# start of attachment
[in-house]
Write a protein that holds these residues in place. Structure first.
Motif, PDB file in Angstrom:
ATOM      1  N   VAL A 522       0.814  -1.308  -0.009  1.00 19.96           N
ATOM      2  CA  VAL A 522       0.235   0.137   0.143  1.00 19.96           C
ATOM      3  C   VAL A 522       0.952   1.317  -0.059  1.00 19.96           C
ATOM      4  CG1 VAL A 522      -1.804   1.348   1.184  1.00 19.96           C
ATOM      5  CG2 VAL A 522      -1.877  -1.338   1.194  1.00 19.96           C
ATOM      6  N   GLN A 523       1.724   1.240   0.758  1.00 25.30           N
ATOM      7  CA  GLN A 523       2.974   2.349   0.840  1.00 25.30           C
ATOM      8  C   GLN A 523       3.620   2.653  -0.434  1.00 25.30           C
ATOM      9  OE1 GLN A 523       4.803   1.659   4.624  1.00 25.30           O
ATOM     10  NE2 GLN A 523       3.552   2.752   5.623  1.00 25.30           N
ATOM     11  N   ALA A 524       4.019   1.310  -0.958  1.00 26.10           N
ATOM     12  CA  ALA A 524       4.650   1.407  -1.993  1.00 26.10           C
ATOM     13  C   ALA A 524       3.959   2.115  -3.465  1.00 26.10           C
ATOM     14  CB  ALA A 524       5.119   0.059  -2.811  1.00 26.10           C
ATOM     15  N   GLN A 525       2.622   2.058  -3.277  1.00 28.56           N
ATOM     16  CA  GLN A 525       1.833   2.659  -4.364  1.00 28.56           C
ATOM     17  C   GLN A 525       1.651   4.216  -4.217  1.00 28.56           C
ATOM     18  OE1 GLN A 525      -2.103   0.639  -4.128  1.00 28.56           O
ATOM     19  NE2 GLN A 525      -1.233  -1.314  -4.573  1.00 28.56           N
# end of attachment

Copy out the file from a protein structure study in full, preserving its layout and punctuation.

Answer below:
[in-house]
Write a protein that holds these residues in place. Structure first.
Motif, PDB file in Angstrom:
ATOM      1  N   VAL A 522       0.814  -1.308  -0.009  1.00 19.96           N
ATOM      2  CA  VAL A 522       0.235   0.137   0.143  1.00 19.96           C
ATOM      3  C   VAL A 522       0.952   1.317  -0.059  1.00 19.96           C
ATOM      4  CG1 VAL A 522      -1.804   1.348   1.184  1.00 19.96           C
ATOM      5  CG2 VAL A 522      -1.877  -1.338   1.194  1.00 19.96           C
ATOM      6  N   GLN A 523       1.724   1.240   0.758  1.00 25.30           N
ATOM      7  CA  GLN A 523       2.974   2.349   0.840  1.00 25.30           C
ATOM      8  C   GLN A 523       3.620   2.653  -0.434  1.00 25.30           C
ATOM      9  OE1 GLN A 523       4.803   1.659   4.624  1.00 25.30           O
ATOM     10  NE2 GLN A 523       3.552   2.752   5.623  1.00 25.30           N
ATOM     11  N   ALA A 524       4.019   1.310  -0.958  1.00 26.10           N
ATOM     12  CA  ALA A 524       4.650   1.407  -1.993  1.00 26.10           C
ATOM     13  C   ALA A 524       3.959   2.115  -3.465  1.00 26.10           C
ATOM     14  CB  ALA A 524       5.119   0.059  -2.811  1.00 26.10           C
ATOM     15  N   GLN A 525       2.622   2.058  -3.277  1.00 28.56           N
ATOM     16  CA  GLN A 525       1.833   2.659  -4.364  1.00 28.56           C
ATOM     17  C   GLN A 525       1.651   4.216  -4.217  1.00 28.56           C
ATOM     18  OE1 GLN A 525      -2.103   0.639  -4.128  1.00 28.56           O
ATOM     19  NE2 GLN A 525      -1.233  -1.314  -4.573  1.00 28.56           N